The principle of complementarity of structure and function states that function is dependent on structure.
So form dictates function, in other words – how something is built will determine how it works.
This is quite a fundamental principle we not only find throughout the body but at everything we look at.
You know that a cube does not roll very well, especially not when compared to a ball.
And you also know that it is difficult to get a round peg through a square hole (unless the hole is disproportionally bigger of course).
So always look out for how things are shaped, that will tell us how we can expect them to function.
If there is some structural change let’s say due to postural imbalances, the effects are often dramatic.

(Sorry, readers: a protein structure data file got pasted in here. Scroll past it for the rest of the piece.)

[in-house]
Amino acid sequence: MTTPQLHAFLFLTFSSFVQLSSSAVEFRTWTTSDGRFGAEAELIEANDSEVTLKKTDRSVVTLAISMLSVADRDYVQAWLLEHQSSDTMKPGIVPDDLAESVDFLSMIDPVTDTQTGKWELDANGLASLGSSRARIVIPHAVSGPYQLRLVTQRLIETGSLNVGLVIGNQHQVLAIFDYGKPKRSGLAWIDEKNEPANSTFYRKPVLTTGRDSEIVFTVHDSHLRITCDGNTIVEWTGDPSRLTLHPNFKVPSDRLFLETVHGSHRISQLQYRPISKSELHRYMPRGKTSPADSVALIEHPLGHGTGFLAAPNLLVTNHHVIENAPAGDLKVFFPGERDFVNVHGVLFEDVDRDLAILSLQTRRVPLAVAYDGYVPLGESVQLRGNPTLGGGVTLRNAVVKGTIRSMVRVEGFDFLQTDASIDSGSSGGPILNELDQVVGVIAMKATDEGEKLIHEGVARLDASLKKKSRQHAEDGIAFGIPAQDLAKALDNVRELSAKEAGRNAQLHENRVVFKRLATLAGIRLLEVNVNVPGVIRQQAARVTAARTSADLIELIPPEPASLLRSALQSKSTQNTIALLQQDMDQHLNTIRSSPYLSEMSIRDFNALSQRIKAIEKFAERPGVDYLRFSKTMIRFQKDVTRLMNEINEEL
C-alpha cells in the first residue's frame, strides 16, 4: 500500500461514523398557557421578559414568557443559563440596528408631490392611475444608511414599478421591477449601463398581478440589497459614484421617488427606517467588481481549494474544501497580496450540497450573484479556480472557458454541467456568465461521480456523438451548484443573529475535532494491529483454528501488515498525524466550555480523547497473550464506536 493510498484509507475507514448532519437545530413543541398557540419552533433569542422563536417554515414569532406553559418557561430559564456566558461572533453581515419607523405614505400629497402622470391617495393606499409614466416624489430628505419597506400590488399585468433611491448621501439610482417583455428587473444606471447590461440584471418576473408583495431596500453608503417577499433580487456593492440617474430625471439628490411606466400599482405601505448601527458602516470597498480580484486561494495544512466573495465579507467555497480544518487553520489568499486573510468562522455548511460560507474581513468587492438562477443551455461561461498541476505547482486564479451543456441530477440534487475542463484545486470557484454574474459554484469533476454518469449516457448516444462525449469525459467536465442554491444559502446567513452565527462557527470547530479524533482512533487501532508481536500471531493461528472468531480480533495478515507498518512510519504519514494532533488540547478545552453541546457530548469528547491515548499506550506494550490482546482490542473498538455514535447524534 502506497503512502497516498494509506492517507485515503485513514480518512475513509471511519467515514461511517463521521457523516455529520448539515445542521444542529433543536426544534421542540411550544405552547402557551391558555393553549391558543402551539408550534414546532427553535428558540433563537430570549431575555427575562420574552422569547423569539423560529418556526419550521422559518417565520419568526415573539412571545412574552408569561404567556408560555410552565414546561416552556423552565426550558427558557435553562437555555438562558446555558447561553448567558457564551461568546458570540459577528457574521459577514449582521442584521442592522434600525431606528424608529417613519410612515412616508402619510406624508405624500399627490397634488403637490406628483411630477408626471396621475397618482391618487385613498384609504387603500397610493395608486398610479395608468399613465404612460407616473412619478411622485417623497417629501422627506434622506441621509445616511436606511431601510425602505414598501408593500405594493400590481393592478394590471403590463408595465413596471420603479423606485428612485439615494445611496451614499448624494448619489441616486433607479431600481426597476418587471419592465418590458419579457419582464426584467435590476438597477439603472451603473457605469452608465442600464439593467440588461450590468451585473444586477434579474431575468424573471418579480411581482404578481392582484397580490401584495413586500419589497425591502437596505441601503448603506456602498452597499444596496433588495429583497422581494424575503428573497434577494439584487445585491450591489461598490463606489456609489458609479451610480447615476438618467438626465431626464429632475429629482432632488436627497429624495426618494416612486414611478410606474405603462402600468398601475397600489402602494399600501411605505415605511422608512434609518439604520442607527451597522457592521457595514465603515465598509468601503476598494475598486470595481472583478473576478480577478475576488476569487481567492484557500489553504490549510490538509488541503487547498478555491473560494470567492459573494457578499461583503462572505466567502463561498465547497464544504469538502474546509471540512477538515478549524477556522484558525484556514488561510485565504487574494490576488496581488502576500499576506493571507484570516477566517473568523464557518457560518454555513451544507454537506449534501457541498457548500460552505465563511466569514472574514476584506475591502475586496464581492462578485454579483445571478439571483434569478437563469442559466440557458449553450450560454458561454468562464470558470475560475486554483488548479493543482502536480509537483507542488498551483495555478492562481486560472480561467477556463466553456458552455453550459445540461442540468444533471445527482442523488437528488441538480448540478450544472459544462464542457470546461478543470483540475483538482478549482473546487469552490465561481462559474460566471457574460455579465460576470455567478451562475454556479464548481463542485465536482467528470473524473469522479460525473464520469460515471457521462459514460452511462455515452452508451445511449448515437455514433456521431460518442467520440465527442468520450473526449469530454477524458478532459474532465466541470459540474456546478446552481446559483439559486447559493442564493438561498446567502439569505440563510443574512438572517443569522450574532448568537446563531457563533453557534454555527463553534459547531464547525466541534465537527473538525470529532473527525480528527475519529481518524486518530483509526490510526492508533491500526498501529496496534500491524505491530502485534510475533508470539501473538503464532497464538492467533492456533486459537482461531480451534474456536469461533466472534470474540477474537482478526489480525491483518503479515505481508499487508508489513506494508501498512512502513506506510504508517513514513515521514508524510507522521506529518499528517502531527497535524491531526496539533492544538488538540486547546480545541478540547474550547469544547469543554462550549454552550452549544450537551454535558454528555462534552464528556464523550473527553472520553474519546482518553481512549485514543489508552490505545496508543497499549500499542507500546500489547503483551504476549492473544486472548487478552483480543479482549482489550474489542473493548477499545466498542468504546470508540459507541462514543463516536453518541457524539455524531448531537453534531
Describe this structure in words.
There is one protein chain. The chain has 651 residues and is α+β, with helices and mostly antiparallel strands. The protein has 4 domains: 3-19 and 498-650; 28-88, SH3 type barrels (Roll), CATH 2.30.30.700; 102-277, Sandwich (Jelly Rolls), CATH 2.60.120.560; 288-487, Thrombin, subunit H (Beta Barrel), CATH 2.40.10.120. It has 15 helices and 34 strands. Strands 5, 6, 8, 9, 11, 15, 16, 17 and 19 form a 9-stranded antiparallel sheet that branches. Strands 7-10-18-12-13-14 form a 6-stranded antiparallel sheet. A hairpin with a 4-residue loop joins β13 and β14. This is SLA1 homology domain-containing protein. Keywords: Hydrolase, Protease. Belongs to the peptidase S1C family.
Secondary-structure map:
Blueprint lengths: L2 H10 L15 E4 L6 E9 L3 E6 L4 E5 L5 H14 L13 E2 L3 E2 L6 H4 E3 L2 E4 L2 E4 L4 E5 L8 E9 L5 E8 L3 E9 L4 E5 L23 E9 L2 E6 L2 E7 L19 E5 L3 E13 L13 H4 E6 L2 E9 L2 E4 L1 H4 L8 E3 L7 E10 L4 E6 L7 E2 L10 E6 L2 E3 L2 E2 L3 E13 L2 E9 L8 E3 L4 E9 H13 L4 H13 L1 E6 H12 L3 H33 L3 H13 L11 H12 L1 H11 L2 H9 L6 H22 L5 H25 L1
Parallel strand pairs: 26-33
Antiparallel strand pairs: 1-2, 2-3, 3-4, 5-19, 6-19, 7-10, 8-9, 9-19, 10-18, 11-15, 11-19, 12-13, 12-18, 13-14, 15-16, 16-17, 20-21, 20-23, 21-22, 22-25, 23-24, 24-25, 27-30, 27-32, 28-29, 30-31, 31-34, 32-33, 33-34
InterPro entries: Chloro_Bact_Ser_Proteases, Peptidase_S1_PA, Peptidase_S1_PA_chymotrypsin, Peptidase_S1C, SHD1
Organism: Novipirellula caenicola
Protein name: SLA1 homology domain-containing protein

Think of a joint that is out of alignment, or in an extreme case even has severe damage. Part of the meniscus in the knee has come off and is now floating inside the knee joint. That’s like having a cube in a ball bearing, the proverbial spanner in the works. It will be difficult for the knee joint to function according to plan if its structure is damaged.
Or someone has a bad distortion of the spine, let’s say due to (or causative of) being hunched over all the time.
Not only might their musculoskeletal system be affected, but in extreme cases other organs and structures as well.
Extreme kyphosis might restrict the lungs from fully expanding and so jeopardize the blood flow to all tissues and organs.
Extreme rotation and/or lateral flexion of the spine might have the rib cage exert pressure on vital organs and affect let’s say the liver.
Next we will look at how you can classify joints according to structure and function.